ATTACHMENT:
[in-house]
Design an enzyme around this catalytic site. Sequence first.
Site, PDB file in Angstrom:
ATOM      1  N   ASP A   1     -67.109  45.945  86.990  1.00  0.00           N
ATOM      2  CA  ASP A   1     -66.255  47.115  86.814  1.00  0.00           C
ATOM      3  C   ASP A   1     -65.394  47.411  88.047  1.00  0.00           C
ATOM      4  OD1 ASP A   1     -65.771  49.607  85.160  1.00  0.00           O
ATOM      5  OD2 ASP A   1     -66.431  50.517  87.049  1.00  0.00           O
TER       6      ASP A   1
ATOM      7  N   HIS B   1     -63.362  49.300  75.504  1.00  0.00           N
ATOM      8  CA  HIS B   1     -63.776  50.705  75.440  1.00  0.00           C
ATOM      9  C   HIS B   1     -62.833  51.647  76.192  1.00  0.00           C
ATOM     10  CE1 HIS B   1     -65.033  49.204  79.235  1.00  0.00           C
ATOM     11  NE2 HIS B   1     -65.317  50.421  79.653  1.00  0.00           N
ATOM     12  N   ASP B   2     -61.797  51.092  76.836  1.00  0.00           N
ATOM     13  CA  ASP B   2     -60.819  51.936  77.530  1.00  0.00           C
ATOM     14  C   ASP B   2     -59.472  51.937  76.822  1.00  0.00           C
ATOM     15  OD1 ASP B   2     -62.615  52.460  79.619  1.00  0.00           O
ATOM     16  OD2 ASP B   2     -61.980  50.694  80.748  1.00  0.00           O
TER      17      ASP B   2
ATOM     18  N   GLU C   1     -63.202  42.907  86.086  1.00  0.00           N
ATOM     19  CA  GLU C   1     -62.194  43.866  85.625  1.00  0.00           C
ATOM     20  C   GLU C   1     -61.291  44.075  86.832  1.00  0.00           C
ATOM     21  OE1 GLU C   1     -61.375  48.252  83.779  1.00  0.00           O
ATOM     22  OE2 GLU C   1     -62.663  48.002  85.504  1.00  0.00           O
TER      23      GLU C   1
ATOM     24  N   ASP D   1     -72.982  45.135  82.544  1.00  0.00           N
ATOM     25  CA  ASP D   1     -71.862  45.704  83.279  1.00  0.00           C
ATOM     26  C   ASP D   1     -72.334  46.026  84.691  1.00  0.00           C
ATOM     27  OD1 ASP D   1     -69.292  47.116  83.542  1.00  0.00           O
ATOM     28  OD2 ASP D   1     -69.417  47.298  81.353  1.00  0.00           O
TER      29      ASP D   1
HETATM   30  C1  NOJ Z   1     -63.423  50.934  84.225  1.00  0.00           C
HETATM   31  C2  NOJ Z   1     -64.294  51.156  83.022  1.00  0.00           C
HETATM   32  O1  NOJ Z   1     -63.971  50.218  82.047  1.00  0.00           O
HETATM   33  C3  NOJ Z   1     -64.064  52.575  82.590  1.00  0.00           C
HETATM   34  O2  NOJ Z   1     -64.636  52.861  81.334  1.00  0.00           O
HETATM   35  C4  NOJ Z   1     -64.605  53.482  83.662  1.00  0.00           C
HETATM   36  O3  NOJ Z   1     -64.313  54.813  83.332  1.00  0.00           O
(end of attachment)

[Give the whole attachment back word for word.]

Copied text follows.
[in-house]
Design an enzyme around this catalytic site. Sequence first.
Site, PDB file in Angstrom:
ATOM      1  N   ASP A   1     -67.109  45.945  86.990  1.00  0.00           N
ATOM      2  CA  ASP A   1     -66.255  47.115  86.814  1.00  0.00           C
ATOM      3  C   ASP A   1     -65.394  47.411  88.047  1.00  0.00           C
ATOM      4  OD1 ASP A   1     -65.771  49.607  85.160  1.00  0.00           O
ATOM      5  OD2 ASP A   1     -66.431  50.517  87.049  1.00  0.00           O
TER       6      ASP A   1
ATOM      7  N   HIS B   1     -63.362  49.300  75.504  1.00  0.00           N
ATOM      8  CA  HIS B   1     -63.776  50.705  75.440  1.00  0.00           C
ATOM      9  C   HIS B   1     -62.833  51.647  76.192  1.00  0.00           C
ATOM     10  CE1 HIS B   1     -65.033  49.204  79.235  1.00  0.00           C
ATOM     11  NE2 HIS B   1     -65.317  50.421  79.653  1.00  0.00           N
ATOM     12  N   ASP B   2     -61.797  51.092  76.836  1.00  0.00           N
ATOM     13  CA  ASP B   2     -60.819  51.936  77.530  1.00  0.00           C
ATOM     14  C   ASP B   2     -59.472  51.937  76.822  1.00  0.00           C
ATOM     15  OD1 ASP B   2     -62.615  52.460  79.619  1.00  0.00           O
ATOM     16  OD2 ASP B   2     -61.980  50.694  80.748  1.00  0.00           O
TER      17      ASP B   2
ATOM     18  N   GLU C   1     -63.202  42.907  86.086  1.00  0.00           N
ATOM     19  CA  GLU C   1     -62.194  43.866  85.625  1.00  0.00           C
ATOM     20  C   GLU C   1     -61.291  44.075  86.832  1.00  0.00           C
ATOM     21  OE1 GLU C   1     -61.375  48.252  83.779  1.00  0.00           O
ATOM     22  OE2 GLU C   1     -62.663  48.002  85.504  1.00  0.00           O
TER      23      GLU C   1
ATOM     24  N   ASP D   1     -72.982  45.135  82.544  1.00  0.00           N
ATOM     25  CA  ASP D   1     -71.862  45.704  83.279  1.00  0.00           C
ATOM     26  C   ASP D   1     -72.334  46.026  84.691  1.00  0.00           C
ATOM     27  OD1 ASP D   1     -69.292  47.116  83.542  1.00  0.00           O
ATOM     28  OD2 ASP D   1     -69.417  47.298  81.353  1.00  0.00           O
TER      29      ASP D   1
HETATM   30  C1  NOJ Z   1     -63.423  50.934  84.225  1.00  0.00           C
HETATM   31  C2  NOJ Z   1     -64.294  51.156  83.022  1.00  0.00           C
HETATM   32  O1  NOJ Z   1     -63.971  50.218  82.047  1.00  0.00           O
HETATM   33  C3  NOJ Z   1     -64.064  52.575  82.590  1.00  0.00           C
HETATM   34  O2  NOJ Z   1     -64.636  52.861  81.334  1.00  0.00           O
HETATM   35  C4  NOJ Z   1     -64.605  53.482  83.662  1.00  0.00           C
HETATM   36  O3  NOJ Z   1     -64.313  54.813  83.332  1.00  0.00           O